Four-way phone talks Wednesday on Ukraine crisis: Kiev
The leaders of Ukraine, Russia, Germany and France will hold a conference call Wednesday to assess implementation of a peace accord in pro-Russian eastern Ukraine, the government in Kiev said Tuesday.
The phone call will bring together Ukrainian, Russian and French presidents Petro Poroshenko, Vladimir Putin and Francois Hollande and German Chancellor Angela Merkel.
Poroshenko conferred with Merkel on Tuesday "to coordinate positions", his office said in a statement.
The two also discussed "the implementation status of the Minsk agreement", a peace deal brokered in the Belarussian capital by France and Germany with Ukraine and Russia, it said.
Poroshenko's office also said pro-Russian rebels "increasingly violate the truce and engage in provocations" in an industrial region approximately the size of Wales that is home to about 3.5 million people and the centre of the splintered nation's coal and steel wealth.
The German chancellory did not confirm Tuesday's phone conversation between Kiev and Berlin, but Foreign Minister Walter Steinmeier urged the two fighting sides "to respect the ceasefire in the conflict zones, in the interests of the people".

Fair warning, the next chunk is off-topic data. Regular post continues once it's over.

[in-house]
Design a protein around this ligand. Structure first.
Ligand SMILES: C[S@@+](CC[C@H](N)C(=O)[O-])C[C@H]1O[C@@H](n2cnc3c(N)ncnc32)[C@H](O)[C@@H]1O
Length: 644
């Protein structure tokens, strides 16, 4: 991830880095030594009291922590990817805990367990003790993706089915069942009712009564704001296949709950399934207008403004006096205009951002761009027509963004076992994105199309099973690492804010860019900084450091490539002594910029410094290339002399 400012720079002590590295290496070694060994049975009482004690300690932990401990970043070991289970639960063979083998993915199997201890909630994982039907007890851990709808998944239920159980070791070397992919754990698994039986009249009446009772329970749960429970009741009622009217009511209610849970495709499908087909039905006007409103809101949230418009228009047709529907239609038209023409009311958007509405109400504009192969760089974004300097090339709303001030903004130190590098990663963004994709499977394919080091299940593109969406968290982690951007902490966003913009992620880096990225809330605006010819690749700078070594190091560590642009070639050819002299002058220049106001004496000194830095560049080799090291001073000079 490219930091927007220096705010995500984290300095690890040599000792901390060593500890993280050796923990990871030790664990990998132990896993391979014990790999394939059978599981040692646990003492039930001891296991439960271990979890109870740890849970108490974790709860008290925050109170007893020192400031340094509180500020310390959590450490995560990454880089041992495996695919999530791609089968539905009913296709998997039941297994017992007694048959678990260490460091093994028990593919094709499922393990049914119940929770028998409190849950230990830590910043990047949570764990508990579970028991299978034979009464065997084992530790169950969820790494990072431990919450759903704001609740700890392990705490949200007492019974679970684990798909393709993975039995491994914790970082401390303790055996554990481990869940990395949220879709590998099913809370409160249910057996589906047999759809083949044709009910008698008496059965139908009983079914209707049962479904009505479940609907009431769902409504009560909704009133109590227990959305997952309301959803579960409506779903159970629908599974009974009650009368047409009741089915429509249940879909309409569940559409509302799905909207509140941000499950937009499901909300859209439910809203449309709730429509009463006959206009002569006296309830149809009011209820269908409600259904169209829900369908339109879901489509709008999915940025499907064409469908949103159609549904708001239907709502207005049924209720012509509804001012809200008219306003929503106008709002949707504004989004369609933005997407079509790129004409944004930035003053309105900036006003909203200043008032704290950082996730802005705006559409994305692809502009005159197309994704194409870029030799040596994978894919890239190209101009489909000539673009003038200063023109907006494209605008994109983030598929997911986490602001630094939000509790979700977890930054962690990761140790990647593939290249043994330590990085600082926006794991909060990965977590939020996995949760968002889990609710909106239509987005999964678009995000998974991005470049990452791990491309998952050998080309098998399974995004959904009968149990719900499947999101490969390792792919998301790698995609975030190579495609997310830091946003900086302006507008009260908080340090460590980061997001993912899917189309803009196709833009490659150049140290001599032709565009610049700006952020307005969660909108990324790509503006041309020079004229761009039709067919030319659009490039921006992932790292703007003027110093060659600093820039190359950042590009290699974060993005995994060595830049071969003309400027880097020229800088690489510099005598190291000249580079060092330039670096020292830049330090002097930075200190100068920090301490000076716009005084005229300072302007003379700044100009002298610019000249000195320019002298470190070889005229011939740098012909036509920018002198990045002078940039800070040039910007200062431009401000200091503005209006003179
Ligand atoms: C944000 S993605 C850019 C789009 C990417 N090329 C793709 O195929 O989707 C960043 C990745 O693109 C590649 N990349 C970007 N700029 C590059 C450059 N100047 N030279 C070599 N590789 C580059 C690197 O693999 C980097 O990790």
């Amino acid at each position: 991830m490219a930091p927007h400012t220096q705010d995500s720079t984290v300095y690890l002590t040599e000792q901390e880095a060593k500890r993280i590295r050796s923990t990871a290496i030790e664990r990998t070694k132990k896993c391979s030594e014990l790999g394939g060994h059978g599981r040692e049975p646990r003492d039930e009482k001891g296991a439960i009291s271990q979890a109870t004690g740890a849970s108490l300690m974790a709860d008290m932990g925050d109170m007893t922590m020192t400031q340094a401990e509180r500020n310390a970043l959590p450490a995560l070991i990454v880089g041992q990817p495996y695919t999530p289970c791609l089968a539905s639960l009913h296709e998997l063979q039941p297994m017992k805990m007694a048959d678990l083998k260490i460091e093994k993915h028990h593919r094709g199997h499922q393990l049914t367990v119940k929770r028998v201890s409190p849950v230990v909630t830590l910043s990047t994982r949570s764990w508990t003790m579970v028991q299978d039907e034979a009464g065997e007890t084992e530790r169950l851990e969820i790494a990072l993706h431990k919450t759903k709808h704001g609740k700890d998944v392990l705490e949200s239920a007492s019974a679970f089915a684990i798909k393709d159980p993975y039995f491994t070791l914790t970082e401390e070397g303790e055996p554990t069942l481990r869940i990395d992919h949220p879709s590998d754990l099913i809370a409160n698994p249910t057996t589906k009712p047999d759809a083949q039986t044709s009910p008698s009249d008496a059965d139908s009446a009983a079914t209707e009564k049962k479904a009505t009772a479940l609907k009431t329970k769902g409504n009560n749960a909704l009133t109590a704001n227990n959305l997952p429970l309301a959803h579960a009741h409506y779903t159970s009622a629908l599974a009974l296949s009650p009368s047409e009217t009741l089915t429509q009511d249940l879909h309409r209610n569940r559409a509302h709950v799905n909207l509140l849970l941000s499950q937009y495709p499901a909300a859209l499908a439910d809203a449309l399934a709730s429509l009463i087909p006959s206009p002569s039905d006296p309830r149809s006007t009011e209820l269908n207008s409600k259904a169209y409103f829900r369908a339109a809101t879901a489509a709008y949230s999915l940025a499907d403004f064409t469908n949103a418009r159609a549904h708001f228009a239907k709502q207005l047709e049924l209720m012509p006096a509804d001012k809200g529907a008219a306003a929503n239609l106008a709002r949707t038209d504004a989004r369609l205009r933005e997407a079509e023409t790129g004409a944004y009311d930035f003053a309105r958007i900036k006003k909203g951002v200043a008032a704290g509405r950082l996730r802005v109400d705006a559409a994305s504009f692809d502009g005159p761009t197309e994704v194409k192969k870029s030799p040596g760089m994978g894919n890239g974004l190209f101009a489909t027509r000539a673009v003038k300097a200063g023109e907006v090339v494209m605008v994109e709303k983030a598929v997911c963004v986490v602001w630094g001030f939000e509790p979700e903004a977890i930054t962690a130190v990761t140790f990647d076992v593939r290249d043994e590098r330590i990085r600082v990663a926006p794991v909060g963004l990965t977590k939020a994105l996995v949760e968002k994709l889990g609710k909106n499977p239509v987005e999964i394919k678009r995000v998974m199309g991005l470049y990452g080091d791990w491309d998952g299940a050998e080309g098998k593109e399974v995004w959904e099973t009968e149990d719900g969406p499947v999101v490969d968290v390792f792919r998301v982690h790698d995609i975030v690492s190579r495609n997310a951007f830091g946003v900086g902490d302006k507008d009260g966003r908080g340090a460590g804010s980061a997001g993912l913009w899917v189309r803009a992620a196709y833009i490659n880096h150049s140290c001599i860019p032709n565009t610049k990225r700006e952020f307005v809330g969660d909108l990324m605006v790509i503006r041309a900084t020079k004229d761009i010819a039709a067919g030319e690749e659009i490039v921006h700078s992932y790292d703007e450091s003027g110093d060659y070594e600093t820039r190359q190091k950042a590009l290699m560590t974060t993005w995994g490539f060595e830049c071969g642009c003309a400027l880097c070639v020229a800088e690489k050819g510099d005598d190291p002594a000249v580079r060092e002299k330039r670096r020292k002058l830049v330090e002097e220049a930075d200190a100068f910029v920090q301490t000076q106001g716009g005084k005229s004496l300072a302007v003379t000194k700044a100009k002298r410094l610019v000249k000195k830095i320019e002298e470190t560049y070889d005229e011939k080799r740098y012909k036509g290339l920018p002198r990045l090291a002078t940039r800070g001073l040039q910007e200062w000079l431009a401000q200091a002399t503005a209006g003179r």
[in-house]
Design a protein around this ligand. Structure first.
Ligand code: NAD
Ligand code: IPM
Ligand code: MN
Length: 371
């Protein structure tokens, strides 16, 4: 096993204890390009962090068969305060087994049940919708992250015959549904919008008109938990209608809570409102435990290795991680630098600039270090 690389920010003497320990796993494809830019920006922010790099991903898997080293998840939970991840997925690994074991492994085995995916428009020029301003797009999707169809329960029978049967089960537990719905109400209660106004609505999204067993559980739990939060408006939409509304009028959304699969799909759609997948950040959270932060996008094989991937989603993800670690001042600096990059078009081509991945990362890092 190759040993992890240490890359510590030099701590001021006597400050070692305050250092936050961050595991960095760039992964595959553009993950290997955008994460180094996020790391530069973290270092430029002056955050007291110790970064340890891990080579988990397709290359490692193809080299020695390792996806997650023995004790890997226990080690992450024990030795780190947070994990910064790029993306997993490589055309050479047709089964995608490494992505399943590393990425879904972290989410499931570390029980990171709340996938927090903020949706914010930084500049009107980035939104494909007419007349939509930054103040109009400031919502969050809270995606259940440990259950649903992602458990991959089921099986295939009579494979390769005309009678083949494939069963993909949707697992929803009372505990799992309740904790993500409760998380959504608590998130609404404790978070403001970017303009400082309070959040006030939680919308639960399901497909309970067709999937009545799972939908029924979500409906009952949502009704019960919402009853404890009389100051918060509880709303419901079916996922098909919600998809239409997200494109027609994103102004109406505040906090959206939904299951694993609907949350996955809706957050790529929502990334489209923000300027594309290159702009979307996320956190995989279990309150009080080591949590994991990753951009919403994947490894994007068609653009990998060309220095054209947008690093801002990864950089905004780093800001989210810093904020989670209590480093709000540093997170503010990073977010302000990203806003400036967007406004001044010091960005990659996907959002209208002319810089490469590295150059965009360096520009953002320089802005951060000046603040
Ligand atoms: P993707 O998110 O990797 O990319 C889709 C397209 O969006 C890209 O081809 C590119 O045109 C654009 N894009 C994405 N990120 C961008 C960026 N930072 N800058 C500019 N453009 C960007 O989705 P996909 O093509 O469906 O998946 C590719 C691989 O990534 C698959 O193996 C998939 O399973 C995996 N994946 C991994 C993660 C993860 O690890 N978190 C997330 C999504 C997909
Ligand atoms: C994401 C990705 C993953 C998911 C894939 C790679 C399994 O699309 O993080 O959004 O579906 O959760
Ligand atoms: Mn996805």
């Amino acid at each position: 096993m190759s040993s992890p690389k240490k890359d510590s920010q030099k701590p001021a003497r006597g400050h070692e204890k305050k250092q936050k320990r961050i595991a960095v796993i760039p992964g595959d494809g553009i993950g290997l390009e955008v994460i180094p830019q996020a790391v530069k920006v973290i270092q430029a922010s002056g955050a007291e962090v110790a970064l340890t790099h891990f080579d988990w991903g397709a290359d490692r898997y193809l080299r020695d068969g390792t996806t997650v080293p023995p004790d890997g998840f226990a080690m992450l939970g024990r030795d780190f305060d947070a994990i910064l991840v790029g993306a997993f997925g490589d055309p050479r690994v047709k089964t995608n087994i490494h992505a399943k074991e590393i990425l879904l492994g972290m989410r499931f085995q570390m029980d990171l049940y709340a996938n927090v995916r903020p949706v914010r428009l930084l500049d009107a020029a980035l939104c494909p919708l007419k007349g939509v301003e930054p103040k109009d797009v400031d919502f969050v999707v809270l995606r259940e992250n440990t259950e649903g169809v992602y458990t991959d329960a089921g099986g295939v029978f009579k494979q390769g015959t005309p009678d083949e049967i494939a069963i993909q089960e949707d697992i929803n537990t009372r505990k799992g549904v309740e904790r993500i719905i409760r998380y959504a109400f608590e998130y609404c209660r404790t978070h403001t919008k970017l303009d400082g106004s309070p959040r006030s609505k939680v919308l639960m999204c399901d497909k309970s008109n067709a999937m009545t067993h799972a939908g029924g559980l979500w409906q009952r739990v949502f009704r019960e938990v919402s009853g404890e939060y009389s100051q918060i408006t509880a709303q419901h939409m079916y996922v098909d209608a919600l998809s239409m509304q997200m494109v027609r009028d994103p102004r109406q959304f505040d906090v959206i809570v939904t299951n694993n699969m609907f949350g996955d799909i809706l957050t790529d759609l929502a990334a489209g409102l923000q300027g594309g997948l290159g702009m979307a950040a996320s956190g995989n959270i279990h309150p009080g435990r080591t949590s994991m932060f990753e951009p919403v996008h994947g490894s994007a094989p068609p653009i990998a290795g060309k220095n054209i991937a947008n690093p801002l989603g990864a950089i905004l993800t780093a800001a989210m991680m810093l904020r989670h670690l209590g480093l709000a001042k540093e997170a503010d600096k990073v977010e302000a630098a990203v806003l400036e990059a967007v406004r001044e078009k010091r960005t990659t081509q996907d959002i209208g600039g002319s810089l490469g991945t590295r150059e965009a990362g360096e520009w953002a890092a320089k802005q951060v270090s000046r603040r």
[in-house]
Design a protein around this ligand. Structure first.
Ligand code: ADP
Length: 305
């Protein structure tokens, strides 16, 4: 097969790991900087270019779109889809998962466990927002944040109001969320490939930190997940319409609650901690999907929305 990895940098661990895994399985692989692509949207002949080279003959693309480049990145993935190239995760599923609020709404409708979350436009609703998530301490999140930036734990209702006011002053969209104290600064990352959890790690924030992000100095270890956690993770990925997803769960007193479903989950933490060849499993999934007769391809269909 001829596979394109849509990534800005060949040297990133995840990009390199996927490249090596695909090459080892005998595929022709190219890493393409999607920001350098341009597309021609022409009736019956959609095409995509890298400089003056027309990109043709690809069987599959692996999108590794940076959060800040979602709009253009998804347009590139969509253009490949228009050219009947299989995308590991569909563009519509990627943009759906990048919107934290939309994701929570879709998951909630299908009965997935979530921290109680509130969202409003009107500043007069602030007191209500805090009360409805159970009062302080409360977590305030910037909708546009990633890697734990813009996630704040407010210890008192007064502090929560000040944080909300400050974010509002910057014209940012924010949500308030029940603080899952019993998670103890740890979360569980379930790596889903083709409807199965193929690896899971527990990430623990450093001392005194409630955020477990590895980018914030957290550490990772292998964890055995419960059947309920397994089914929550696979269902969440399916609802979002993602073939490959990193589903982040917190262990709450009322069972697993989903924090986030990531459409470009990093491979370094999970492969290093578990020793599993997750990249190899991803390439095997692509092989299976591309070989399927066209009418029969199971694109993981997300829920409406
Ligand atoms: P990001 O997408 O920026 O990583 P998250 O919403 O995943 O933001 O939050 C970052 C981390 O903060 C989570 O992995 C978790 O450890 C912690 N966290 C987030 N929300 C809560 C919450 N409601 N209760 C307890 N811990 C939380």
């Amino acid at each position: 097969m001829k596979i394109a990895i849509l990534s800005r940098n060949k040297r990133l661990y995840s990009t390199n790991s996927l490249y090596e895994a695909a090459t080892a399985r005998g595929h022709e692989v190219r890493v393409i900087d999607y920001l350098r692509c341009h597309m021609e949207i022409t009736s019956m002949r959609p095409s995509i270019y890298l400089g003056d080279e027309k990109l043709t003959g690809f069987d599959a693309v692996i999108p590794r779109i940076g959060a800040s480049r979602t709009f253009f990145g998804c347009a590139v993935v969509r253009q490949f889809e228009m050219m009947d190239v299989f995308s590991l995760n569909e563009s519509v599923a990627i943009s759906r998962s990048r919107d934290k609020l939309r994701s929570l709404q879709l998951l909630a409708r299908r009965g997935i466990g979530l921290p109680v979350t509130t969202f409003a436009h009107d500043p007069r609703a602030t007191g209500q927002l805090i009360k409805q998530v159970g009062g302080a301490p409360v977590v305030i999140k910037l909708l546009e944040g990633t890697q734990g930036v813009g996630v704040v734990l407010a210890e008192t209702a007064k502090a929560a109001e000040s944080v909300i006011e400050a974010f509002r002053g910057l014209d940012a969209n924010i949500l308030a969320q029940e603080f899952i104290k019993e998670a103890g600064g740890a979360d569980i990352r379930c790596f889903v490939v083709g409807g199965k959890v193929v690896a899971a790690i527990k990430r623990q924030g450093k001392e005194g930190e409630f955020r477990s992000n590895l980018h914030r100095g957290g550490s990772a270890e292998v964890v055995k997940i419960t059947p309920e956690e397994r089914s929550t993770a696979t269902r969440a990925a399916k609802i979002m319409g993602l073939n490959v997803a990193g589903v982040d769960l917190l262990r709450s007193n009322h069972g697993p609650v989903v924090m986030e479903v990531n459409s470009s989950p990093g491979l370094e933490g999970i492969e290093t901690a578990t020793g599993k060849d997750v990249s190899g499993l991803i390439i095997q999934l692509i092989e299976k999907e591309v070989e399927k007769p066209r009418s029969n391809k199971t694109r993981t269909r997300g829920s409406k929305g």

His ministry said in a statement that "many important questions remain unanswered," adding that "in the coming year we will continue to support with all of our strength the implementation of the Minsk measures".
Last week Ukraine and pro-Russian insurgents reached a "New Year" truce agreement in another effort to stop the violence in the war-scarred ex-Soviet state.
A September 1 truce agreement significantly calmed deadly exchanges of artillery and missile fire along a 30-kilometre-wide (19-mile-wide) buffer zone separating rebel-run territory from the rest of Ukraine.
But a new upsurge in violence that began two weeks ago threatened the September deal.
"The Minsk process will continue in 2016 and will hopefully be better than this year," Oleksandr Turchynov, the head of Ukraine's Security and Defence Council, said Tuesday.
The United Nations estimates that more than 9,000 people -- most of them civilians -- have died since the rebel revolt began in April 2014.
© 2015 AFP